Harold Davies RIP

As creatures of habit, we all have favourite places to stand and watch or people to stand with at speedway. One of the great pleasures of traveling to tracks dotted around Britain to research and sell my books was some of the life-affirming lovely people I met doing so. Bristol Bulldogs and Swindon Robins fan and charming man Harold Davies was one of those lovely people I had the great good fortune to meet. A modest friendly observant & gentle man with reassuring accent to match, Harold had a  curiosity about people and a love of life to go with his love of speedway. Time passed quickly and enjoyably stood next to Harold at Blunsdon watching the racing. All seemed and felt right with the world in his unassuming easy company.

Sadly, though Harold passed away this month (July 2018) whenever the bikes roar at Blunsdon that small section of the home straight concourse will remain forever his and gently reverberate in his memory, despite his physical absence. Rest in Peace Harold.

From Shale Trek

I set my table up in its traditional position at Blunsdon under the lee of the home-straight grandstand, adjacent to the yellow hash-marked floor that designates the fire escape access-way at the bottom of the steep stairs that lead down from the Legends’ Lounge, grandstand bar and toilets. My appearance invariably causes an outbreak of deep sighs and various small passive-aggressive acts of resistance from the old age pensioners who usually stand in this position every week and, quite rightly, resent the unannounced arrival of an unwanted interloper. Harold Davies (89) is the most personable of these veteran Swindon speedway fans. “My father took me to speedway when I was 10 years old! I worked for the BBC doing the Antiques Roadshow. I used to put the set up. I worked for them for 32 years. I’ve broken me hip when I tripped over a cable in the bedroom.” Harold is pictured in Quantum of Shale but questions my camerawork, “Why didn’t you take a photo of all of me?” Harold’s dad took him to see the speedway in Bristol. “It was the Bristol Bulldogs with Cordy Milne, Jack Milne, Lionel Van Praag – all the lot of them. They used to do leg-trailing, not foot forward like they do now! I watched Billy Hole and Johnny Hole after the war.” I question Harold to find out the secret of how he’s remained so alert and active, “Doing the job I was doing was the best job I ever had. I used to work at the chocolate factory when I was 14.”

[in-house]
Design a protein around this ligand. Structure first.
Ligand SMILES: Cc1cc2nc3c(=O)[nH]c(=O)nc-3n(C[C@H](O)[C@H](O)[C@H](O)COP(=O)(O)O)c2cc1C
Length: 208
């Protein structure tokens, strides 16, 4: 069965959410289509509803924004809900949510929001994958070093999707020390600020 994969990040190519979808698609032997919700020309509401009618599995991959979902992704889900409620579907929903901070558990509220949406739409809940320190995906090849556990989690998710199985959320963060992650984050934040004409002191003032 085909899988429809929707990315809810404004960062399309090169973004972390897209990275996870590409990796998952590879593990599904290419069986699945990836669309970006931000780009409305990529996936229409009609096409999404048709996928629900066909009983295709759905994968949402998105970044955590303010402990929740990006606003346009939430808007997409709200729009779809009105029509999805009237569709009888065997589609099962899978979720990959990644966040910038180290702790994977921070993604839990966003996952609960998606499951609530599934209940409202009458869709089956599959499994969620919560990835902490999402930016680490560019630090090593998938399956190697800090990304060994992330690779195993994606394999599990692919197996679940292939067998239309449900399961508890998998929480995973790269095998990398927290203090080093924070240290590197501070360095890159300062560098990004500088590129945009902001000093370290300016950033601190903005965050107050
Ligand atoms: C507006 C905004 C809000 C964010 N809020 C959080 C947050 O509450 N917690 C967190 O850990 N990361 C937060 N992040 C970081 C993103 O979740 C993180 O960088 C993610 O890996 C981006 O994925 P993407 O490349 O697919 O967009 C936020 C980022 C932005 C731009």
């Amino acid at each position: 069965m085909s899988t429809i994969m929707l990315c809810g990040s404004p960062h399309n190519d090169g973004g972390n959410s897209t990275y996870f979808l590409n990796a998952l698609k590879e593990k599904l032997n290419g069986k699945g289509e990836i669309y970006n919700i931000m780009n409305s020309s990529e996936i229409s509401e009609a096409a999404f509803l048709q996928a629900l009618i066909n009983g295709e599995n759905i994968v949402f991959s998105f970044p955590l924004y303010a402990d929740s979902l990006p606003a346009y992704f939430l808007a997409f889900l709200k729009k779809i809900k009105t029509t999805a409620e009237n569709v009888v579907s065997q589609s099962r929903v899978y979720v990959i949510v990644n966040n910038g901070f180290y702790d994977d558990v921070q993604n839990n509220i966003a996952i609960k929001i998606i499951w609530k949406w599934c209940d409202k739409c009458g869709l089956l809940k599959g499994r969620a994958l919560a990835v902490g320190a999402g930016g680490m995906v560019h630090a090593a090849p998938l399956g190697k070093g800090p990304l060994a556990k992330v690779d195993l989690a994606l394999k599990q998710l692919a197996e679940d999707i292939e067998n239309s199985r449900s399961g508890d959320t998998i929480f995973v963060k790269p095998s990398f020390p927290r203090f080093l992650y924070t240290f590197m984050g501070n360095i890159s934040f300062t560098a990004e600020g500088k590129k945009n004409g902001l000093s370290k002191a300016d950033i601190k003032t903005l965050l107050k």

From Bouquet of Shale

Over recent years, my book display at Blunsdon wouldn’t be complete without the presence of ex-Antiques Roadshow worker, Harold Davies (90). As usual, he arrives with Anthony Roberts (a.k.a. Rob) shortly before the rider parade and introductions. Because my display table temporarily occupies their regular viewing position we – in the spirit of speedway fans everywhere – amicably rub along together. Harold rummages inside his jacket pocket for his wallet and, for half a moment, I think he’s about to buy a book. Instead, as befits a proud Bristol Bulldogs fan, he takes out a clipping from the Letters page of the February 8th edition of the Bristol Times. “I’ve been keeping lots of clippings by my chair for you but you haven’t been here! When will you next be here? We go to the New Forest on the 17th.”